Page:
Tutorial: Map an existing custom domain to Azure Spring Apps
Azure Spring Apps is the new name for the Azure Spring Cloud service. Although the service has a new name, you'll see the old name in some places for a while as we work to update assets such as screenshots, videos, and diagrams.
This article applies to: ✔️ Java ✔️ C#
This article applies to: ✔️ Standard tier ✔️ Enterprise tier
Domain Name Service (DNS) is a technique for storing network node names throughout a network. This tutorial maps a domain, such as www.contoso.com, using a CNAME record. It secures the custom domain with a certificate and shows how to enforce Transport Layer Security (TLS), also known as Secure Sockets Layer (SSL).
Certificates encrypt web traffic. These TLS/SSL certificates can be stored in Azure Key Vault.
- An application deployed to Azure Spring Apps (see Quickstart: Launch an existing application in Azure Spring Apps using the Azure portal, or use an existing app).
- A domain name with access to the DNS registry for domain provider such as GoDaddy.
- A private certificate (that is, your self-signed certificate) from a third-party provider. The certificate must match the domain.
- A deployed instance of Azure Key Vault
Key Vault private link considerations
The IP addresses for Azure Spring Apps management are not yet part of the Azure Trusted Microsoft services. Therefore, to enable Azure Spring Apps to load certificates from a Key Vault protected with private endpoint connections, you must add the following IP addresses to Azure Key Vault firewall:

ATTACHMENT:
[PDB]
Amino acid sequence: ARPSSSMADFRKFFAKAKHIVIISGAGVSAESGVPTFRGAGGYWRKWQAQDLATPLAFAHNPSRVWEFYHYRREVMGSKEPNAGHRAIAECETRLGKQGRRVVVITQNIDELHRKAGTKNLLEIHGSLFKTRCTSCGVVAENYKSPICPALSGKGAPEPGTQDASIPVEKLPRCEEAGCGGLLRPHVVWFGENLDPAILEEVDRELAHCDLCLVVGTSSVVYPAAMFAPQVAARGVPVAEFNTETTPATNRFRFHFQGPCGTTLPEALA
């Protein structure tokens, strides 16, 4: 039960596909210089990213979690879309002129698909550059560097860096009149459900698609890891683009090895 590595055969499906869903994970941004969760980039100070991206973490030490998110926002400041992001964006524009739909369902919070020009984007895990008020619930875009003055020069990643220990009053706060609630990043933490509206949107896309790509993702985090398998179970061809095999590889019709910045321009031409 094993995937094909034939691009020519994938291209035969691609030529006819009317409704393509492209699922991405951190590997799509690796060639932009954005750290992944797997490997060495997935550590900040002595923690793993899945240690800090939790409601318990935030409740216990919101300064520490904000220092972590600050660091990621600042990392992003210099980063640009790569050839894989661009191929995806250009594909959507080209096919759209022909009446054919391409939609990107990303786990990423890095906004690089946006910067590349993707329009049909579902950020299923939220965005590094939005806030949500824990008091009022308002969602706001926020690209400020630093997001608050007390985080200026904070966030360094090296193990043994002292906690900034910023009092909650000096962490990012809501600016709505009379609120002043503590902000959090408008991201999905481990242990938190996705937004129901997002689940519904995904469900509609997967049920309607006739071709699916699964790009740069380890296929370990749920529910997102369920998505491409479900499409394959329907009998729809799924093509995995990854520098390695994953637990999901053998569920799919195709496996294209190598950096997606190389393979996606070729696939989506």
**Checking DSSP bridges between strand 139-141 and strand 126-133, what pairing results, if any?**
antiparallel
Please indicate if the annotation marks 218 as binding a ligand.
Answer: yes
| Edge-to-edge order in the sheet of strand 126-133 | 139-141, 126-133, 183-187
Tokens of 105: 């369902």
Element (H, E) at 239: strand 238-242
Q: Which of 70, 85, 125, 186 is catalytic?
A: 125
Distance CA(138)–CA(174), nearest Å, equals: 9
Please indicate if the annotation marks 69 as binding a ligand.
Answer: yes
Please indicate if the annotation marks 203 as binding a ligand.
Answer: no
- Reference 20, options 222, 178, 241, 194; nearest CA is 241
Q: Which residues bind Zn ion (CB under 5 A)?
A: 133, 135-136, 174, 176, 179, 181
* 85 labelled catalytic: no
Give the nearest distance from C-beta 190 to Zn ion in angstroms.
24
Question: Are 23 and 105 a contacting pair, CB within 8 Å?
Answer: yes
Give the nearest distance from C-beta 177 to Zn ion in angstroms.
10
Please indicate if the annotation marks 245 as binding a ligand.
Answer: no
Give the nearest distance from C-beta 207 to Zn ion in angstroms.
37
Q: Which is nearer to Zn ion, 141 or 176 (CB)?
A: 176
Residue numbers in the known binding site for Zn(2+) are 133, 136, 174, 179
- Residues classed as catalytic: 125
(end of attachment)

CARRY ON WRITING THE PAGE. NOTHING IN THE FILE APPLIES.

Prepare your certificate file in PFX (optional)
Azure Key Vault support importing private certificate in PEM and PFX format. If the PEM file you obtained from your certificate provider doesn't work in section below: Save certificate in Key Vault, follow the steps here to generate a PFX for Azure Key Vault.
Merge intermediate certificates
If your certificate authority gives you multiple certificates in the certificate chain, you need to merge the certificates in order.
To do this, open each certificate you received in a text editor.
Create a file for the merged certificate, called mergedcertificate.crt. In a text editor, copy the content of each certificate into this file. The order of your certificates should follow the order in the certificate chain, beginning with your certificate and ending with the root certificate. It looks like the following example:
-----BEGIN CERTIFICATE----- <your entire Base64 encoded SSL certificate> -----END CERTIFICATE----- -----BEGIN CERTIFICATE----- <The entire Base64 encoded intermediate certificate 1> -----END CERTIFICATE----- -----BEGIN CERTIFICATE----- <The entire Base64 encoded intermediate certificate 2> -----END CERTIFICATE----- -----BEGIN CERTIFICATE----- <The entire Base64 encoded root certificate> -----END CERTIFICATE-----
Export certificate to PFX
Export your merged TLS/SSL certificate with the private key that your certificate request was generated with.
If you generated your certificate request using OpenSSL, then you have created a private key file. To export your certificate to PFX, run the following command. Replace the placeholders <private-key-file> and <merged-certificate-file> with the paths to your private key and your merged certificate file.
openssl pkcs12 -export -out myserver.pfx -inkey <private-key-file> -in <merged-certificate-file>
When prompted, define an export password. You'll use this password when uploading your TLS/SSL certificate to Azure Key Vault later.